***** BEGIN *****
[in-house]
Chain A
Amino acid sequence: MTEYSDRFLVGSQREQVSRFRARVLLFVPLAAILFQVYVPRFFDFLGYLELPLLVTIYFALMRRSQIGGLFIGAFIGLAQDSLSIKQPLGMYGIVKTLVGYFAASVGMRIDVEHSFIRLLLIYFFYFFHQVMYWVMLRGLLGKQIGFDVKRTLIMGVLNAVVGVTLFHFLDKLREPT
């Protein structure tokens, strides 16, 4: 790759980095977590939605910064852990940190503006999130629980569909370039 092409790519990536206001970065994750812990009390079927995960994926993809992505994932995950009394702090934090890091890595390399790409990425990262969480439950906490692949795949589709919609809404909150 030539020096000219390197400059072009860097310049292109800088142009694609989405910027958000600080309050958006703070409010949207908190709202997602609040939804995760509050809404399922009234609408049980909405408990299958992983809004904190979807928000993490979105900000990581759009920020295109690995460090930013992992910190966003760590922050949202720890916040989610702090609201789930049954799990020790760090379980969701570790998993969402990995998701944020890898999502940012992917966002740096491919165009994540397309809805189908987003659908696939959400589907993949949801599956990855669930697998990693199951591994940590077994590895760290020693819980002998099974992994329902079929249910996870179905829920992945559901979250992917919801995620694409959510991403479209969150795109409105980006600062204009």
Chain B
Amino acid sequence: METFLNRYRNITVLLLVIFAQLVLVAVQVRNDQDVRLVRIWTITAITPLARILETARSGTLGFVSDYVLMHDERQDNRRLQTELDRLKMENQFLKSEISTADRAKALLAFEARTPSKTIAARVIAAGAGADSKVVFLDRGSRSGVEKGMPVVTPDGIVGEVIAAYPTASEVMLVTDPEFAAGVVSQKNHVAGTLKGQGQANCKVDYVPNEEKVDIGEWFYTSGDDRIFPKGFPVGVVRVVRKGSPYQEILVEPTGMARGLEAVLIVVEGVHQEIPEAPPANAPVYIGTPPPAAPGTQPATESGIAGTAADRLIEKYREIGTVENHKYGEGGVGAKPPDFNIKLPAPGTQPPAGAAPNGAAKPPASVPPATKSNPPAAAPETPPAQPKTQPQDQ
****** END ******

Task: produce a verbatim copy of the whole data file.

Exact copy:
[in-house]
Chain A
Amino acid sequence: MTEYSDRFLVGSQREQVSRFRARVLLFVPLAAILFQVYVPRFFDFLGYLELPLLVTIYFALMRRSQIGGLFIGAFIGLAQDSLSIKQPLGMYGIVKTLVGYFAASVGMRIDVEHSFIRLLLIYFFYFFHQVMYWVMLRGLLGKQIGFDVKRTLIMGVLNAVVGVTLFHFLDKLREPT
């Protein structure tokens, strides 16, 4: 790759980095977590939605910064852990940190503006999130629980569909370039 092409790519990536206001970065994750812990009390079927995960994926993809992505994932995950009394702090934090890091890595390399790409990425990262969480439950906490692949795949589709919609809404909150 030539020096000219390197400059072009860097310049292109800088142009694609989405910027958000600080309050958006703070409010949207908190709202997602609040939804995760509050809404399922009234609408049980909405408990299958992983809004904190979807928000993490979105900000990581759009920020295109690995460090930013992992910190966003760590922050949202720890916040989610702090609201789930049954799990020790760090379980969701570790998993969402990995998701944020890898999502940012992917966002740096491919165009994540397309809805189908987003659908696939959400589907993949949801599956990855669930697998990693199951591994940590077994590895760290020693819980002998099974992994329902079929249910996870179905829920992945559901979250992917919801995620694409959510991403479209969150795109409105980006600062204009």
Chain B
Amino acid sequence: METFLNRYRNITVLLLVIFAQLVLVAVQVRNDQDVRLVRIWTITAITPLARILETARSGTLGFVSDYVLMHDERQDNRRLQTELDRLKMENQFLKSEISTADRAKALLAFEARTPSKTIAARVIAAGAGADSKVVFLDRGSRSGVEKGMPVVTPDGIVGEVIAAYPTASEVMLVTDPEFAAGVVSQKNHVAGTLKGQGQANCKVDYVPNEEKVDIGEWFYTSGDDRIFPKGFPVGVVRVVRKGSPYQEILVEPTGMARGLEAVLIVVEGVHQEIPEAPPANAPVYIGTPPPAAPGTQPATESGIAGTAADRLIEKYREIGTVENHKYGEGGVGAKPPDFNIKLPAPGTQPPAGAAPNGAAKPPASVPPATKSNPPAAAPETPPAQPKTQPQDQ